Trump’s divided state of America

President-elect Donald Trump said ‘it’s time for America to bind the wounds of division’ but has shown little evidence of binding.

Donald Trump has done more since being elected to court Vladimir Putin than the 74 million Americans who voted for other presidential candidates—or the tens of millions who didn’t vote at all.

Many Democrats and Republicans alike argue that’s contributing to the incoming president’s historically low, and falling, approval ratings, and could set the country on course for a fractious four years of distrust and division while damaging the institution of the presidency.

Trump, who is most at home stirring and then surfing controversy, spent much of the 10-week transition revving up supporters still exulting in his win. He boasts in private and public about how he pulled off the upset, taking to Twitter to mock Democrats and anyone else upset that he won.

There was a thank you tour, but no listening tour. Visits took him to the heart of Trump country, but none to a state he didn’t win—unless those motorcades between Trump Tower and LaGuardia count. A few Democratic senators and mayors have been brought in for meetings, but none have been brought into his Cabinet.

Trump said in his victory speech that “it’s time for America to bind the wounds of division.” His time since then shows little evidence of binding, and he’s opened up new wounds along the way.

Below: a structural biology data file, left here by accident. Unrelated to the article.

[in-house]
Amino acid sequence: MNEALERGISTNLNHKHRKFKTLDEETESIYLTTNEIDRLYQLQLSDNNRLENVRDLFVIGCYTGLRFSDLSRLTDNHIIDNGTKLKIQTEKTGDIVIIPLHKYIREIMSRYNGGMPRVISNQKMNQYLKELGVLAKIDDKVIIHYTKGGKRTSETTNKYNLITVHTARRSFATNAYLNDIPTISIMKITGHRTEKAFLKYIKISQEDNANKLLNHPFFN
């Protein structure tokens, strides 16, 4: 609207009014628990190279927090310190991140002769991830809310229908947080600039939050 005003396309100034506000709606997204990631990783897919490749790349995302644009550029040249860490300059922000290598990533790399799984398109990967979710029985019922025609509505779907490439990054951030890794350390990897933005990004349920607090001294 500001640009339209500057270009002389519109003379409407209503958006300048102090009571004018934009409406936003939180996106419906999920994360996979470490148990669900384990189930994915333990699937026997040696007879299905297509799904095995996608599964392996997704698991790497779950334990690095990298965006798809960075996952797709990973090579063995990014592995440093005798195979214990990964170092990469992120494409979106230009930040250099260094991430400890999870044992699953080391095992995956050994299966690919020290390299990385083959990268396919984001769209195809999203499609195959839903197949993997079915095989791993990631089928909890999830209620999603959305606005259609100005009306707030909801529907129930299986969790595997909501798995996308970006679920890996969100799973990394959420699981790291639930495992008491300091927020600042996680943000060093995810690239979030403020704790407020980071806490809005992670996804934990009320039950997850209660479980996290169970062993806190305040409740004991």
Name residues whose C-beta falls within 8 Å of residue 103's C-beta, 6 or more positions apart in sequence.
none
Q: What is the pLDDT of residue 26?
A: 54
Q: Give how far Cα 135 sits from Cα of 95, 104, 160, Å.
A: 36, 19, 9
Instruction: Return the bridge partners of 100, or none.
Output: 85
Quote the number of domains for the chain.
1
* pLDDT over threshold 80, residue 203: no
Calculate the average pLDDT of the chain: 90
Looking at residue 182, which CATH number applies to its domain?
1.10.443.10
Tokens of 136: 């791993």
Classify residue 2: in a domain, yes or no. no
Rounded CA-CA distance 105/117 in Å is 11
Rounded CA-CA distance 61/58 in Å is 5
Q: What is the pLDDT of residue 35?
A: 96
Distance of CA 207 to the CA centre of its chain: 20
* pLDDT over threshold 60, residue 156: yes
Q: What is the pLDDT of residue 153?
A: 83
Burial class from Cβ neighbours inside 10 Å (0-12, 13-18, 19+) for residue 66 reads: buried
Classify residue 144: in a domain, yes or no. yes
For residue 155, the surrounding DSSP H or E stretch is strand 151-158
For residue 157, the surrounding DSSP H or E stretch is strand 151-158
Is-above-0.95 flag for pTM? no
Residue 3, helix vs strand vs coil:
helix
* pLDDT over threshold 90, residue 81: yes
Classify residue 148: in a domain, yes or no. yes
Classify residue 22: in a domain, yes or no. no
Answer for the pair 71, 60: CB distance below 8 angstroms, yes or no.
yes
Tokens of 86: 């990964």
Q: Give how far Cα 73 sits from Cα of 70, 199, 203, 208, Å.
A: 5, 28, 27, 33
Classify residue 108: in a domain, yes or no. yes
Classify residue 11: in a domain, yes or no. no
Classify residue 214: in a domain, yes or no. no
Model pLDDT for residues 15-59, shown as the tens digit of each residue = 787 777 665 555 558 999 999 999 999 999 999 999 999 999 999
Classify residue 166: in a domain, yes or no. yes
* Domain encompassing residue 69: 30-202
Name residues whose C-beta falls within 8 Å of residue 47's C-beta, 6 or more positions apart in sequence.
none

“Every time he opens his mouth, he is like death by a thousand cuts,” said Rep. Gwen Moore (D-Wisc.).

Rep. Joaquín Castro (D-Texas) said “the outreach has been severely lacking to Americans of every background and political party so far.”

“The people of the country need to know what the president-elect’s plans are, and know what he’s thinking about,” Castro said, “to establish trust with the American people, and to establish a relationship with the American people beyond just a campaign and asking for people’s votes.”

Trump declared Sunday evening on Twitter that unity is coming. “For many years our country has been divided, angry and untrusting,” he wrote. “Many say it will never change, the hatred is too deep. IT WILL CHANGE!!!!”

That was a few hours after he wrote, “The Democrats are most angry that so many Obama Democrats voted for me,” digging in again at the opposition party on a list of Twitter victims that’s ranged from the people who protested in the streets in the days after he won to “Vanity Fair” editor Graydon Carter to “the so-called ‘A’ list celebrities” who turned down performing at his inauguration.

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